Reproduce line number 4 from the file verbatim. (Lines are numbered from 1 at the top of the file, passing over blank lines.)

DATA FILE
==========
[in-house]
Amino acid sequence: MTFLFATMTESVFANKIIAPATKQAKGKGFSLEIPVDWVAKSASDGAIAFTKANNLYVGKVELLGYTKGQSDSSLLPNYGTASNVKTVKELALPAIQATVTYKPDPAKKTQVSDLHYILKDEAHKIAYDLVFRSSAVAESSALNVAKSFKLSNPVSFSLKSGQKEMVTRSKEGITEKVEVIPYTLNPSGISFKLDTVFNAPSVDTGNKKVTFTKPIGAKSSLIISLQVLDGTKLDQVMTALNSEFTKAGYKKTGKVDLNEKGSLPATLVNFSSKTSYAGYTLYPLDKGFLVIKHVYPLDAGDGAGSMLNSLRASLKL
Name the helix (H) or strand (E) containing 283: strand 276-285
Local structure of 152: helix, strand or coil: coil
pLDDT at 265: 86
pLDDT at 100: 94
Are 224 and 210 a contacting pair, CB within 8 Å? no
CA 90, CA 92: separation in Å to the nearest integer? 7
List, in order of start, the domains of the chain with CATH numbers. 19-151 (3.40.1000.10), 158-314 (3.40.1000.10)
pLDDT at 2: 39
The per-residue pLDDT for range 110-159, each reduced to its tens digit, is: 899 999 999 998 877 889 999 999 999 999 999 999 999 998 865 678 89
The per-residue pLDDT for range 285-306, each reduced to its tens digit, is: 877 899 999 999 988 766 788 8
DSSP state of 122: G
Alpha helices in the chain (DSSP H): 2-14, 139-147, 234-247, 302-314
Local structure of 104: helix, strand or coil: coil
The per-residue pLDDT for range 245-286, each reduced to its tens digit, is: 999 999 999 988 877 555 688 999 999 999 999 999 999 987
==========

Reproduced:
Local structure of 152: helix, strand or coil: coil